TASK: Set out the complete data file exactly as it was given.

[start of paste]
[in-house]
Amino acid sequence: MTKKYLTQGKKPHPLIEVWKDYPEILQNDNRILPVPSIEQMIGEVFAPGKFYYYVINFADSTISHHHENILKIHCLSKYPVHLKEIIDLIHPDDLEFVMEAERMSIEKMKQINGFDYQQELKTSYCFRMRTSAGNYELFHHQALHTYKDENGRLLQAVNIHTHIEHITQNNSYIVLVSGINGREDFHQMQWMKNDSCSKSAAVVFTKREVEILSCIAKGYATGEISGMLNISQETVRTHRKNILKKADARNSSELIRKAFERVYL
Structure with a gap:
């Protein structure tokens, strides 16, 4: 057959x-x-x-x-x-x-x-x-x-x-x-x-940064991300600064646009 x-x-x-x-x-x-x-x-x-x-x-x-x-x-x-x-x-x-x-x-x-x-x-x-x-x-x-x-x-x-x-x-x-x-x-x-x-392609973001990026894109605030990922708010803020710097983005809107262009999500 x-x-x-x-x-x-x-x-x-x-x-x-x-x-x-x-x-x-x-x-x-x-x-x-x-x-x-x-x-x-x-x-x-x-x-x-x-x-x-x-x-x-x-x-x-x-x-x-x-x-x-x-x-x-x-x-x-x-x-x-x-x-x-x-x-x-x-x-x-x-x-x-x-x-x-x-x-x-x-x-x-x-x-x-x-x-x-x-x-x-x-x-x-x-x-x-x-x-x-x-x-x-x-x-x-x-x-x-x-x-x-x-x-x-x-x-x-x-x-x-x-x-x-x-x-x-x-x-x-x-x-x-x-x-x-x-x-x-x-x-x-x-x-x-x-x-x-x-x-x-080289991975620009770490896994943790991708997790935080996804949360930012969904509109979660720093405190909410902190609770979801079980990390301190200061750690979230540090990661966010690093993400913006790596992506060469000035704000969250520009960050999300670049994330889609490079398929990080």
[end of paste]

[in-house]
Amino acid sequence: MTKKYLTQGKKPHPLIEVWKDYPEILQNDNRILPVPSIEQMIGEVFAPGKFYYYVINFADSTISHHHENILKIHCLSKYPVHLKEIIDLIHPDDLEFVMEAERMSIEKMKQINGFDYQQELKTSYCFRMRTSAGNYELFHHQALHTYKDENGRLLQAVNIHTHIEHITQNNSYIVLVSGINGREDFHQMQWMKNDSCSKSAAVVFTKREVEILSCIAKGYATGEISGMLNISQETVRTHRKNILKKADARNSSELIRKAFERVYL
Structure with a gap:
């Protein structure tokens, strides 16, 4: 057959x-x-x-x-x-x-x-x-x-x-x-x-940064991300600064646009 x-x-x-x-x-x-x-x-x-x-x-x-x-x-x-x-x-x-x-x-x-x-x-x-x-x-x-x-x-x-x-x-x-x-x-x-x-392609973001990026894109605030990922708010803020710097983005809107262009999500 x-x-x-x-x-x-x-x-x-x-x-x-x-x-x-x-x-x-x-x-x-x-x-x-x-x-x-x-x-x-x-x-x-x-x-x-x-x-x-x-x-x-x-x-x-x-x-x-x-x-x-x-x-x-x-x-x-x-x-x-x-x-x-x-x-x-x-x-x-x-x-x-x-x-x-x-x-x-x-x-x-x-x-x-x-x-x-x-x-x-x-x-x-x-x-x-x-x-x-x-x-x-x-x-x-x-x-x-x-x-x-x-x-x-x-x-x-x-x-x-x-x-x-x-x-x-x-x-x-x-x-x-x-x-x-x-x-x-x-x-x-x-x-x-x-x-x-x-x-x-080289991975620009770490896994943790991708997790935080996804949360930012969904509109979660720093405190909410902190609770979801079980990390301190200061750690979230540090990661966010690093993400913006790596992506060469000035704000969250520009960050999300670049994330889609490079398929990080």